Thorndike residents will vote on the building type for its long-contested salt and sand shed, elect a full Board of Selectmen and vote on a municipal budget Saturday.

Residents will gather at 9 a.m. to vote on 44 articles at the annual Town Meeting, scheduled to be held in the parking lot of the Thorndike Fire Department.

“Everything’s pretty much routine,” Third Selectman Bob Carter said. “There’s the sand and salt shed, that’s the big item. But there’s going to be an engineer from A.E. Hodsdon to answer questions.”

Residents will vote by secret ballot on the type of building for the town’s new salt and sand shed. The choices are steel-frame fabric with a precast foundation or poured foundation, laminated arch building or conventional construction. The cost estimate for the steel-frame fabric with a precast foundation is $356,000; poured foundation $423,000. The estimate for a laminated arch structure is $447,000 and the conventional construction is estimated to cost $467,000.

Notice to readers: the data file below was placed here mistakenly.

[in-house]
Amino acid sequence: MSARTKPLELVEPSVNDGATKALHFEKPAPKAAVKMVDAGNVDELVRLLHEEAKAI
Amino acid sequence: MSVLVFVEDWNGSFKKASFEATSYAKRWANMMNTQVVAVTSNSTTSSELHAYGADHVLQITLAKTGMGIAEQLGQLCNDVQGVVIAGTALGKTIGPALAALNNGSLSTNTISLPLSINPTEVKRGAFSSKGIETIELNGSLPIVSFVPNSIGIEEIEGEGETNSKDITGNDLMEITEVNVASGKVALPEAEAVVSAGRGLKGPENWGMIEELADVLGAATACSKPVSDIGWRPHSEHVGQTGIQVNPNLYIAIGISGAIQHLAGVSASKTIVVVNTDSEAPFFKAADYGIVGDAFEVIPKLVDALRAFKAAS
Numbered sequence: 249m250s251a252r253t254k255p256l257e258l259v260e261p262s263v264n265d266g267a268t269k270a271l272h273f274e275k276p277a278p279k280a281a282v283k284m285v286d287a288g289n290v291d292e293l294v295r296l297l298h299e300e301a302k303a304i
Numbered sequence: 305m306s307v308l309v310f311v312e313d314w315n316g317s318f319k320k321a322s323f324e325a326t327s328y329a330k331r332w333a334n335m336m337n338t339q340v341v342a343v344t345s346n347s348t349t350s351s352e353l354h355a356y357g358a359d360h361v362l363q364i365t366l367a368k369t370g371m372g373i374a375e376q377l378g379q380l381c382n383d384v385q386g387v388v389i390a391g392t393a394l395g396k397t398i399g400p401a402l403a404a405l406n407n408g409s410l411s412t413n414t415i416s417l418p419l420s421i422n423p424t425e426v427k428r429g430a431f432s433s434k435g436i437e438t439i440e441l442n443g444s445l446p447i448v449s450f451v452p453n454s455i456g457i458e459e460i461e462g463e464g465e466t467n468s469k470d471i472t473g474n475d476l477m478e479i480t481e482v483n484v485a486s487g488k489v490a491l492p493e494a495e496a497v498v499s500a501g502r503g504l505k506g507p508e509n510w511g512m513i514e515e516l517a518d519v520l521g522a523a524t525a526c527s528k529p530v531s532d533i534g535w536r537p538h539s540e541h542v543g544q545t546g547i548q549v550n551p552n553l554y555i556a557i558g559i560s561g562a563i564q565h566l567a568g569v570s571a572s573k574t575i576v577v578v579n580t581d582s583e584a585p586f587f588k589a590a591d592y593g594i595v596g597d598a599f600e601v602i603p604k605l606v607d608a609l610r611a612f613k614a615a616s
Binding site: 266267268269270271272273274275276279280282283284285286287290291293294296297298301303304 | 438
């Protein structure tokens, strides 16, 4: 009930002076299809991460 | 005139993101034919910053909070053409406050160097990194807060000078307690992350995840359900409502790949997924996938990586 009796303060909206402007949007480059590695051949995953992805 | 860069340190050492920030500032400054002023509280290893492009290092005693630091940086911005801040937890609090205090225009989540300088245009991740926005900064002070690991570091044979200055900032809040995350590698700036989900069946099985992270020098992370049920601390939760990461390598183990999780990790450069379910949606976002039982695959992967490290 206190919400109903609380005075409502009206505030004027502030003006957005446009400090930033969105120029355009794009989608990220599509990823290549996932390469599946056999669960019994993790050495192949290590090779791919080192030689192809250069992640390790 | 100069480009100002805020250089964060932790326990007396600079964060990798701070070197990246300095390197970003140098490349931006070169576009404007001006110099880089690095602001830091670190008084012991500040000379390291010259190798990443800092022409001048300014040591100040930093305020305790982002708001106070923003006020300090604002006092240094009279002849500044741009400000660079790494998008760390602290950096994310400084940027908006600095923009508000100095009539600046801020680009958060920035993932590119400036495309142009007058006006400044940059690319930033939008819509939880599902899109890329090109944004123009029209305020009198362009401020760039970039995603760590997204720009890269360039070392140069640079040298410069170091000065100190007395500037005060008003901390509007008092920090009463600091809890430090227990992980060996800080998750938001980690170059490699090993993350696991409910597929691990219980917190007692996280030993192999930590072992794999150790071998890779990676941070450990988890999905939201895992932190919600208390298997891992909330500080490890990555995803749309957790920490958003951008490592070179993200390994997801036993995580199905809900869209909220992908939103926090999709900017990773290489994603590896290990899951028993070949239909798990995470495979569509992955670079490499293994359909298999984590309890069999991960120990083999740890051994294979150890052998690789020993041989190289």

The firm is giving the town a few building types so residents can choose what they want, Carter said.

According to estimates and bids in the warrant, the steel-frame fabric structure with a precast foundation has the highest life cycle cost. The poured foundation is significantly less expensive over time. For the most part the more the town pays up at the beginning, the less the shed will cost over time.


The town hired Waterville-based engineering firm A.E. Hodsdon as a consultant on the salt and sand shed project.

“They’re the same firm that did our fire building,” Carter said. “They do a lot for towns and are pretty reputable.”

Other big ticket items include raising $232,000 for winter road maintenance in 2021-22; $70,000 to pave Reynolds Road and part of East Thorndike Road; $65,000 for summer road work; $52,269.98 general administration budget; $48,750 for a reassessment of town property; $48,000 for the town office and $42,900 for trash pickup.

Voters will also elect a full three-member Board of Selectmen by secret ballot.

“It’s just your typical articles,” Carter said.

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